After The Queen and The King’s Speech raked in Oscar gold, why wouldn’t Meryl Streep want to play former British Prime Minister Margaret Thatcher? It all but guarantees award consideration (as if being Meryl Streep wasn’t enough). The Iron Lady, a Thatcher biopic that focuses far more on style than substance, has the same British-prestige surfaces of those other films, but none of their depth of character.
The Queen, in contrast, was about how Princess Diana’s death marked the transition of the monarchy into the modern world, spearheaded by the working relationship between Elizabeth and Tony Blair. The Iron Lady, unfortunately, can’t find the right angle from which to approach the story of Margaret Thatcher. Without proper focus or direction, the movie settles for a go-go-go constant-montage of people, places and events. By the time the dust settles, nothing has soaked in and all is forgotten.
Bow-backed and pockmarked, aging and senile, Maggie Thatcher (Streep) stews in her London flat reminiscing about her political career. In a stroke of grade-school psychology, Maggie’s late husband Denis (Jim Broadbent) hovers over her shoulder like some hallucinatory specter, haunting her with melancholic anamneses. Moments in the present—she accidentally signs her maiden name, Roberts, on her autobiography—bring forth flashbacks that comprise the plot of the film.
Her humble beginnings as a strong-willed grocer’s daughter (Thatcher’s played young by Alexandra Roach, an actress a bit too doe-eyed and passive to capture the titan’s austerity) give way to Parliamentary membership. By the time she’s elected Prime Minister, the country’s facing down tough economic times, worker’s protests, the dying embers of The Cold War, and a spike in IRA violence (she herself barely escaped a bombing at the Brighton Hotel).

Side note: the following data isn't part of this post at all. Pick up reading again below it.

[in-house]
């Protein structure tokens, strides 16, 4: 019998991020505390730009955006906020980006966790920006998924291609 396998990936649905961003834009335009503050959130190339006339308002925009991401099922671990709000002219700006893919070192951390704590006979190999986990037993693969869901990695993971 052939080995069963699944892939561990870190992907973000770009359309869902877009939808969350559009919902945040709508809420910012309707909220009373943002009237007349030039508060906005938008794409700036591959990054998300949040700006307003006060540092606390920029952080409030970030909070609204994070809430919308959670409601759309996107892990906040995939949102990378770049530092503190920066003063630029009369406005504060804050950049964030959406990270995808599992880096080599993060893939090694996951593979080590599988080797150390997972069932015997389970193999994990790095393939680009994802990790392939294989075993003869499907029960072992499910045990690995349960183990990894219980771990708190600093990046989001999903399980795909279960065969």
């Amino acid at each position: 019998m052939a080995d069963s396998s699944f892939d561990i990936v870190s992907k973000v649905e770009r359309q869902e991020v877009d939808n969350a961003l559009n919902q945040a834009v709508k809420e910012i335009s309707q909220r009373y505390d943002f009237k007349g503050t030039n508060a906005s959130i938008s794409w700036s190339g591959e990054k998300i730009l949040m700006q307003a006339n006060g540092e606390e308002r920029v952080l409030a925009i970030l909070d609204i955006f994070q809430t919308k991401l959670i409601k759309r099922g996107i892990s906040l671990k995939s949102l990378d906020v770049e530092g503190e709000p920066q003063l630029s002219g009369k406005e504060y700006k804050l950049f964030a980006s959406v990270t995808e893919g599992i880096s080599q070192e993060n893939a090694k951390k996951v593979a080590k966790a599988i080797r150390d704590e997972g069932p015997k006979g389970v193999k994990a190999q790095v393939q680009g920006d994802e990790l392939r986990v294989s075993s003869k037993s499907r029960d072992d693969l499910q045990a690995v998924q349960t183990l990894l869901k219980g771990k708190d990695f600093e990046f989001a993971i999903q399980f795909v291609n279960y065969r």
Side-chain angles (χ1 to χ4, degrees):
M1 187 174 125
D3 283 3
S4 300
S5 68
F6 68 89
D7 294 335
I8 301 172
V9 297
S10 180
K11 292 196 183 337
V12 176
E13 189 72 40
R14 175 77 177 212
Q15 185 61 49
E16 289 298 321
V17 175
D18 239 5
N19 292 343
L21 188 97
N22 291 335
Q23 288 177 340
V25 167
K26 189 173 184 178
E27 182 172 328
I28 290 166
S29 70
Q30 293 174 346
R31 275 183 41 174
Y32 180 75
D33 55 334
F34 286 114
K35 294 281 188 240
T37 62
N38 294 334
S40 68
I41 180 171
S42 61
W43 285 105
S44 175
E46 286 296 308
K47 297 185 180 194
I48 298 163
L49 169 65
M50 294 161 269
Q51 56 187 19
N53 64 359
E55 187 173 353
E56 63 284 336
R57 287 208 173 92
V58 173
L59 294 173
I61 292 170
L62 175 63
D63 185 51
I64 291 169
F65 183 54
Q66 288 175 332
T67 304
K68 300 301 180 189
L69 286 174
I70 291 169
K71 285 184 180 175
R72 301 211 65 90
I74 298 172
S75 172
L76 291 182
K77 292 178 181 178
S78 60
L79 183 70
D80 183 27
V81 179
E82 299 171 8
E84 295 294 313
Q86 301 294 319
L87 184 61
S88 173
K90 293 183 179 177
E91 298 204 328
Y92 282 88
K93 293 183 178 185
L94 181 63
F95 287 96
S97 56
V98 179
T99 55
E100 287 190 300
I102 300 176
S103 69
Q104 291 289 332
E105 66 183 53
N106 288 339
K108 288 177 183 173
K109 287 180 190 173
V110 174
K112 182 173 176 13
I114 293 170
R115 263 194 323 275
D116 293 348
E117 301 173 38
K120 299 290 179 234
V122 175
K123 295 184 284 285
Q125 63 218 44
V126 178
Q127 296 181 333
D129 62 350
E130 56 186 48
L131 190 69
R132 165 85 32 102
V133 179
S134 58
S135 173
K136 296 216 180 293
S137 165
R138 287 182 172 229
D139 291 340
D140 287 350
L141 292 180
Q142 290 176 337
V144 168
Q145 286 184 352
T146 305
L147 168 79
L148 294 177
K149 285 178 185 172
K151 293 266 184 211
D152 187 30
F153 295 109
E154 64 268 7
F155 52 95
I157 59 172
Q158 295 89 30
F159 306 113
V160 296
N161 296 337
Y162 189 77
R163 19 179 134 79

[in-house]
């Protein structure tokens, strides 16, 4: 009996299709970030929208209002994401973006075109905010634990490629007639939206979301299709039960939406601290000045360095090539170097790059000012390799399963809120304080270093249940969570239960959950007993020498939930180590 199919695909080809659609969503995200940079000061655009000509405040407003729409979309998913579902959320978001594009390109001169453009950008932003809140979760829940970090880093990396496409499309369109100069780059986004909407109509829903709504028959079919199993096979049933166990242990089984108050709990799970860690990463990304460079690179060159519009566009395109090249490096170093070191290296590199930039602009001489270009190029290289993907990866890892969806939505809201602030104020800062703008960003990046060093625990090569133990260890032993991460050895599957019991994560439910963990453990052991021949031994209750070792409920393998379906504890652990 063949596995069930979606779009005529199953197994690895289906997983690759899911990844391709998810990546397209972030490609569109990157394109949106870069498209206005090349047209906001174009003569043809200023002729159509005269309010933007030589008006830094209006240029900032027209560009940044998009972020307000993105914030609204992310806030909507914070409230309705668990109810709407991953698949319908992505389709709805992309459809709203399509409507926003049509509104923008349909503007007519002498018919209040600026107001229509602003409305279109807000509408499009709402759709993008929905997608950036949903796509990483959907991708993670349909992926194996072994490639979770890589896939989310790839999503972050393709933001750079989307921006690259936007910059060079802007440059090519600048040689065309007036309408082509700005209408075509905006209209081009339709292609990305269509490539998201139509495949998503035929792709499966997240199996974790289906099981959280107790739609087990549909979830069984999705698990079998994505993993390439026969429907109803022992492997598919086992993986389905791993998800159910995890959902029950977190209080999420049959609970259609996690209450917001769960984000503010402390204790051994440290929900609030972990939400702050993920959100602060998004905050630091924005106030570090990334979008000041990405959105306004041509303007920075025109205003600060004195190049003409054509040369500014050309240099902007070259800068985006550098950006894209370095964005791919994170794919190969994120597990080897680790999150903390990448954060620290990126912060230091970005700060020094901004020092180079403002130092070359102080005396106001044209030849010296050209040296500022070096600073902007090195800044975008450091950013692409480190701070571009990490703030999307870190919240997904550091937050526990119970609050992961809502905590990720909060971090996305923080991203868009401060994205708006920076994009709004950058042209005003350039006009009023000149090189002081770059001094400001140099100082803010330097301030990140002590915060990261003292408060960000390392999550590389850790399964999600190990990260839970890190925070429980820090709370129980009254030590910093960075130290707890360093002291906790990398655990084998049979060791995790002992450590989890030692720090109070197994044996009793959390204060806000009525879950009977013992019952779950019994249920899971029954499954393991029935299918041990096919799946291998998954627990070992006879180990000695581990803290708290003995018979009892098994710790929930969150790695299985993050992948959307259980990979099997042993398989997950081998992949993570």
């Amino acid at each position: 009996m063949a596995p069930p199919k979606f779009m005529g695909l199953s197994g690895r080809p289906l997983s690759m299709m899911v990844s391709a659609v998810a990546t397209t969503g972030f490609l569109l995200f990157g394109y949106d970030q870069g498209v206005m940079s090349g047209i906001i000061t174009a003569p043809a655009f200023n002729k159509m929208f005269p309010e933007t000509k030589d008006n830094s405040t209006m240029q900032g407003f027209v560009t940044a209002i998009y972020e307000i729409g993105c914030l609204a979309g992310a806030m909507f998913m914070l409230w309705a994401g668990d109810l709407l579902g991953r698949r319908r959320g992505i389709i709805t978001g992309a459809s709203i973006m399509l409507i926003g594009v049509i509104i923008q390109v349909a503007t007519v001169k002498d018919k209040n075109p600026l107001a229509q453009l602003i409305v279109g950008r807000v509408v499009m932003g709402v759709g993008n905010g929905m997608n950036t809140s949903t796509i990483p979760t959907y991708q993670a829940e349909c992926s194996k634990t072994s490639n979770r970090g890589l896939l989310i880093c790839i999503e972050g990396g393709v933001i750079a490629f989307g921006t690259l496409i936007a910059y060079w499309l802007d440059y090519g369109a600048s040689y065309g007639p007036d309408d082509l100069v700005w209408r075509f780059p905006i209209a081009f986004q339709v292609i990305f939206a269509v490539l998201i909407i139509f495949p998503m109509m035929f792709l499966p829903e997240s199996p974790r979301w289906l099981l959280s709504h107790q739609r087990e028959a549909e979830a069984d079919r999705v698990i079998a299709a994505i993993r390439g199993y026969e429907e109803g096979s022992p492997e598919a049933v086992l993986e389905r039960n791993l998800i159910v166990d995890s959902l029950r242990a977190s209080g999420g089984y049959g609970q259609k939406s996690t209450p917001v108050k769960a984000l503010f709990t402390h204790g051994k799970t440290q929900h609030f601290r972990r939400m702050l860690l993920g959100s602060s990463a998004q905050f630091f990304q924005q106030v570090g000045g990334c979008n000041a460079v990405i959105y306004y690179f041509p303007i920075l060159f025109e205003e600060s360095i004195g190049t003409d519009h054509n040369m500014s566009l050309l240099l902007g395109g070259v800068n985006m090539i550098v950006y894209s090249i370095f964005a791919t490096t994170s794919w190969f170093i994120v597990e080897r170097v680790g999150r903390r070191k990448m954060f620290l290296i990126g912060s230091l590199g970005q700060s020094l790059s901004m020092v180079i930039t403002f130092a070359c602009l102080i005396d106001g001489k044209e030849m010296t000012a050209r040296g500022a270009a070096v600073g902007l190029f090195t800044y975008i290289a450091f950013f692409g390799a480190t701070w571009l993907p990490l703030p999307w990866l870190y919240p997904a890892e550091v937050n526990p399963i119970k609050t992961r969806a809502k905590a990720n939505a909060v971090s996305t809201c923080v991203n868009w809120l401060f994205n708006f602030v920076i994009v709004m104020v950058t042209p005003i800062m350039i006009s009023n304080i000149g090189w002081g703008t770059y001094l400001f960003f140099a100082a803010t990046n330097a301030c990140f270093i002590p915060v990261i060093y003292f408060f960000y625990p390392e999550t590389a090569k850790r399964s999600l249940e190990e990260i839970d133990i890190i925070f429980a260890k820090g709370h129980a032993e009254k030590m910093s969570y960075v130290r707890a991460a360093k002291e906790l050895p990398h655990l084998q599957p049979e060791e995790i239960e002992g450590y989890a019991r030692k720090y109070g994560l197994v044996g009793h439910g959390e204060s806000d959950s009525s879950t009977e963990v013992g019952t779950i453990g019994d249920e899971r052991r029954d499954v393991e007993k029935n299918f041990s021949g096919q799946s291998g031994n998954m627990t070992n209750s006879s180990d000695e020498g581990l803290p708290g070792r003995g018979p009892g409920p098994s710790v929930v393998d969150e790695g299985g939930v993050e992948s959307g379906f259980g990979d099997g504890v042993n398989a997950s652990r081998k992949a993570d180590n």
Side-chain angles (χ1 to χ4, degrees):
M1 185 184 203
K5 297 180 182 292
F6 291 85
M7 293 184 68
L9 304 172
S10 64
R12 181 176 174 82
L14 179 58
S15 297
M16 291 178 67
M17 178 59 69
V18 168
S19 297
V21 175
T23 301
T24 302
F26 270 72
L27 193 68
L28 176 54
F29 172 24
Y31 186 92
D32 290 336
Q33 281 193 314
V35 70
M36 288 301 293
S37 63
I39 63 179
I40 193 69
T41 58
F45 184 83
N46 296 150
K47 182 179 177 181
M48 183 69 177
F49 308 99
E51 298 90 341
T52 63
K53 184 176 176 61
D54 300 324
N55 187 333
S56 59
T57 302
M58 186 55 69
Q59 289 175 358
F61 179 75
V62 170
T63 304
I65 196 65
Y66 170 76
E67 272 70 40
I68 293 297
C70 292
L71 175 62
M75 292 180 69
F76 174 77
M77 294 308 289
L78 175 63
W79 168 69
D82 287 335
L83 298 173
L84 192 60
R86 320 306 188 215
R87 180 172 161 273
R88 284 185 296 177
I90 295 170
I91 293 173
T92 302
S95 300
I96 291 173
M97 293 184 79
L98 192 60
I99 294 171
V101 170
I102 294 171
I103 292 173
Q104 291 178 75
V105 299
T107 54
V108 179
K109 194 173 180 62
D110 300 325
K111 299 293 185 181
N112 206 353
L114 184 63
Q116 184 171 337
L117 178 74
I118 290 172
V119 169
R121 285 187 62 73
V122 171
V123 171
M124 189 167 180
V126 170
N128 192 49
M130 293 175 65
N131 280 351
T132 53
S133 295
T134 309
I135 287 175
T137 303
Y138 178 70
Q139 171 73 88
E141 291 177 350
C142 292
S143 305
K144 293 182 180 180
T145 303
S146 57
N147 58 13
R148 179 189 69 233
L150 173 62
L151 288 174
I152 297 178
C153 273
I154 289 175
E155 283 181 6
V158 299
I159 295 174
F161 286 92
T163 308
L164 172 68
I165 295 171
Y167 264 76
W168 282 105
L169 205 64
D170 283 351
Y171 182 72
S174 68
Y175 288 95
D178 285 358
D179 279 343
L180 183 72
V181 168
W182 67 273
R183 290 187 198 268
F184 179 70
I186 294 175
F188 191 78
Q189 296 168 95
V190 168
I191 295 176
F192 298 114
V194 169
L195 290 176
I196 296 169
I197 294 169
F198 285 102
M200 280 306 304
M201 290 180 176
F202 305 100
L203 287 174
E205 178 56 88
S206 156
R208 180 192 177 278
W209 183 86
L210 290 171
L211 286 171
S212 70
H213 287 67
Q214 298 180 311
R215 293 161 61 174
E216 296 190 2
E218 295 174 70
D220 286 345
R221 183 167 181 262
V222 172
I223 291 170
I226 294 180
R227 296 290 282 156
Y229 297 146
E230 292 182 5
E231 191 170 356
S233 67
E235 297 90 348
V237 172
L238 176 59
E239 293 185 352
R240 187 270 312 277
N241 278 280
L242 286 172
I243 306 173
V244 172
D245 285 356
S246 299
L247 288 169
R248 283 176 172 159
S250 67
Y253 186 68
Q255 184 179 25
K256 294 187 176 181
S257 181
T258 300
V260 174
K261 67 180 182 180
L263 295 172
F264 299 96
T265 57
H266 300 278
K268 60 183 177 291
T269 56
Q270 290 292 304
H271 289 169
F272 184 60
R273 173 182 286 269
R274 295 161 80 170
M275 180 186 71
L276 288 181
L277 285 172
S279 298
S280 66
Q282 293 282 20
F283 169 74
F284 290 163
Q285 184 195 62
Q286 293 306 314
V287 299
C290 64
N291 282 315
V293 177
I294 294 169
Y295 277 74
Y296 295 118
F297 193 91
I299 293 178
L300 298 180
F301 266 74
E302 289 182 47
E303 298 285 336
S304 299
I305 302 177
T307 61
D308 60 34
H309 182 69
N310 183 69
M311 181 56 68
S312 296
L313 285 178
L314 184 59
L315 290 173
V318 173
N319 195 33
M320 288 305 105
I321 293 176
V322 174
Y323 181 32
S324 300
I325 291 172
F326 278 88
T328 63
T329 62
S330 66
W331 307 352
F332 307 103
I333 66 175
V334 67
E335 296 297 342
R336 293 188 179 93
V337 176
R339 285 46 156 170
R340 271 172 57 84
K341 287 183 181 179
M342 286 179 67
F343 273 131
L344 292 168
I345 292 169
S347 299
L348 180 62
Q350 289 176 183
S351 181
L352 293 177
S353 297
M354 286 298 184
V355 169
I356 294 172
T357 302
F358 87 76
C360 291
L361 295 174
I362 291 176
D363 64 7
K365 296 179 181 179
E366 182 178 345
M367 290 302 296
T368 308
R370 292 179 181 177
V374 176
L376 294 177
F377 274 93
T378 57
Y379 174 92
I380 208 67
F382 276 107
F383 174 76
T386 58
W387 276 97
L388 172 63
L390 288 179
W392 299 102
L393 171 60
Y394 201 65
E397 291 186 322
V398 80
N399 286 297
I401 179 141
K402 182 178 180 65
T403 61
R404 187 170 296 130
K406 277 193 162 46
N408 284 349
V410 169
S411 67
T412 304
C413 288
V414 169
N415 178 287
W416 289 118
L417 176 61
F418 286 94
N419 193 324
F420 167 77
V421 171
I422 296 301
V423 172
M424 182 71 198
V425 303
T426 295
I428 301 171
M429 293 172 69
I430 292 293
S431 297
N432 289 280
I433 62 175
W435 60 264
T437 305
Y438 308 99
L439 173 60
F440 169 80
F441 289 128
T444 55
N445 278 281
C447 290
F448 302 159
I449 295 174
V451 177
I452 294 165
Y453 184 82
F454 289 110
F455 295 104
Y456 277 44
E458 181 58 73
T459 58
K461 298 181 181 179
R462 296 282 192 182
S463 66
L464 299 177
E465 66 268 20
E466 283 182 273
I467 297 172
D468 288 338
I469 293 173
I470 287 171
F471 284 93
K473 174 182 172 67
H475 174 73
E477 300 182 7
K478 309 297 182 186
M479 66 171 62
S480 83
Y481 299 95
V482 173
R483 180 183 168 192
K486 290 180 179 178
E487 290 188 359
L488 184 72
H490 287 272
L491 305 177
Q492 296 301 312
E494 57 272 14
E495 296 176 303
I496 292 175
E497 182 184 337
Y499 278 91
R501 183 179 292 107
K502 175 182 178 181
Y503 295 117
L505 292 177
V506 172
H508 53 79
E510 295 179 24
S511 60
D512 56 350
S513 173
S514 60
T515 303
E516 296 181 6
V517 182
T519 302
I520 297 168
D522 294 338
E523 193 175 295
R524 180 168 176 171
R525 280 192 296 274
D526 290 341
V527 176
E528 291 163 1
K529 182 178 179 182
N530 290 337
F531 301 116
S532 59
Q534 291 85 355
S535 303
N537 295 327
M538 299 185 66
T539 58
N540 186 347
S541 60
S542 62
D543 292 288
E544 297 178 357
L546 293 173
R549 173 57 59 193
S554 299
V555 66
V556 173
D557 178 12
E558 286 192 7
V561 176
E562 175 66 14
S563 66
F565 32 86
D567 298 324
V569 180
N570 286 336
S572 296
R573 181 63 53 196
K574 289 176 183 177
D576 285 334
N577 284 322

Streep, breezing through another “Oscar worthy” role, does manage to imbue in Thatcher a combination of wisdom and stubbornness. While Thatcher stressed acting with intellect over emotion (“Nobody thinks anymore; they only feel”), she remains controversial for her handling of a 1981 hunger strike in which ten IRA prisoners were left to starve before she finally agreed to negotiate.
That’s why the Soviets gave her the titular appellation. She had a kind of immovability. Yet the makers of The Iron Lady (director Phyllida Lloyd and writer Abi Morgan) skim over their subject’s more fascinating complexities with Cliff’s Notes precision; they should be diving head first into the moral grey areas. The main focus of the film is how Maggie’s gender hindered her in a traditionally male institution. Even that theme is handled with lead-weight subtly: an overhead shot of one of Thatcher’s famous pastel hats swimming in a sea of drab brown fedoras is as sumptuous as it is overt.
The film’s crippling lack of revelations is covered up by superfluous technical flourishes: fancy transitions, out-of-sync dialogue sequences, and overused archival footage. They’re meant to give the movie some much-needed pulse, but it’s just desperate vanity, really. Thatcher’s life story is certainly one worth telling, but The Iron Lady’s shiny statue is a hollow shell.